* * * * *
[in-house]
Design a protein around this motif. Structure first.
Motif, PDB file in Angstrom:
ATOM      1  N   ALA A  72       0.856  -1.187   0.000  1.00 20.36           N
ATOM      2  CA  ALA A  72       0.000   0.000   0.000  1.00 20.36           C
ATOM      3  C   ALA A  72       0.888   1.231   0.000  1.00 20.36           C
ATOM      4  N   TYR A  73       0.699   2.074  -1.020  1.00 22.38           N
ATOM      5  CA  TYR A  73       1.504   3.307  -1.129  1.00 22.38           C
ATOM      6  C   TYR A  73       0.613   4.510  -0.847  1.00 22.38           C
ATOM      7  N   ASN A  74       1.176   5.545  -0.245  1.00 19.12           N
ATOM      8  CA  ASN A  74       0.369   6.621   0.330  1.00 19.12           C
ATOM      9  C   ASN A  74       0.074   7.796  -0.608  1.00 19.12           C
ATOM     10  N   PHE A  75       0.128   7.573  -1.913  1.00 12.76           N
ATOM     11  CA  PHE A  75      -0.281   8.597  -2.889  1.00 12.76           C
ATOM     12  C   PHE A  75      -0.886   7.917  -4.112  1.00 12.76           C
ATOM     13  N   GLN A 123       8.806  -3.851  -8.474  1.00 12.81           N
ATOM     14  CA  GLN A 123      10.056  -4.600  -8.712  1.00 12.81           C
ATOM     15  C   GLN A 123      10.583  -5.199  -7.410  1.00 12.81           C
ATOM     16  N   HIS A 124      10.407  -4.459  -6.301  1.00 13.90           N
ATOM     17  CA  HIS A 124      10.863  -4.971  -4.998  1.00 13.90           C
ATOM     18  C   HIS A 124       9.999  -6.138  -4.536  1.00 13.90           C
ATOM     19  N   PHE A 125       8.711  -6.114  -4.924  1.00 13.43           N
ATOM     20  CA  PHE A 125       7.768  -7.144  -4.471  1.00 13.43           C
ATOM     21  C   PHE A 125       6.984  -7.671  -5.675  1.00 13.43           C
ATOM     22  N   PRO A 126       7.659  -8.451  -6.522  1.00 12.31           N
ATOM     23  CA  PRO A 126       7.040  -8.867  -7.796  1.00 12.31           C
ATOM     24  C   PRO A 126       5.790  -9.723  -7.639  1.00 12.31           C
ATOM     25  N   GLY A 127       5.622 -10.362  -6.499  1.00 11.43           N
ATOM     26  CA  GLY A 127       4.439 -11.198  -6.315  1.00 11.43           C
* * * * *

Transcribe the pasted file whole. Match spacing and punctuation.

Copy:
[in-house]
Design a protein around this motif. Structure first.
Motif, PDB file in Angstrom:
ATOM      1  N   ALA A  72       0.856  -1.187   0.000  1.00 20.36           N
ATOM      2  CA  ALA A  72       0.000   0.000   0.000  1.00 20.36           C
ATOM      3  C   ALA A  72       0.888   1.231   0.000  1.00 20.36           C
ATOM      4  N   TYR A  73       0.699   2.074  -1.020  1.00 22.38           N
ATOM      5  CA  TYR A  73       1.504   3.307  -1.129  1.00 22.38           C
ATOM      6  C   TYR A  73       0.613   4.510  -0.847  1.00 22.38           C
ATOM      7  N   ASN A  74       1.176   5.545  -0.245  1.00 19.12           N
ATOM      8  CA  ASN A  74       0.369   6.621   0.330  1.00 19.12           C
ATOM      9  C   ASN A  74       0.074   7.796  -0.608  1.00 19.12           C
ATOM     10  N   PHE A  75       0.128   7.573  -1.913  1.00 12.76           N
ATOM     11  CA  PHE A  75      -0.281   8.597  -2.889  1.00 12.76           C
ATOM     12  C   PHE A  75      -0.886   7.917  -4.112  1.00 12.76           C
ATOM     13  N   GLN A 123       8.806  -3.851  -8.474  1.00 12.81           N
ATOM     14  CA  GLN A 123      10.056  -4.600  -8.712  1.00 12.81           C
ATOM     15  C   GLN A 123      10.583  -5.199  -7.410  1.00 12.81           C
ATOM     16  N   HIS A 124      10.407  -4.459  -6.301  1.00 13.90           N
ATOM     17  CA  HIS A 124      10.863  -4.971  -4.998  1.00 13.90           C
ATOM     18  C   HIS A 124       9.999  -6.138  -4.536  1.00 13.90           C
ATOM     19  N   PHE A 125       8.711  -6.114  -4.924  1.00 13.43           N
ATOM     20  CA  PHE A 125       7.768  -7.144  -4.471  1.00 13.43           C
ATOM     21  C   PHE A 125       6.984  -7.671  -5.675  1.00 13.43           C
ATOM     22  N   PRO A 126       7.659  -8.451  -6.522  1.00 12.31           N
ATOM     23  CA  PRO A 126       7.040  -8.867  -7.796  1.00 12.31           C
ATOM     24  C   PRO A 126       5.790  -9.723  -7.639  1.00 12.31           C
ATOM     25  N   GLY A 127       5.622 -10.362  -6.499  1.00 11.43           N
ATOM     26  CA  GLY A 127       4.439 -11.198  -6.315  1.00 11.43           C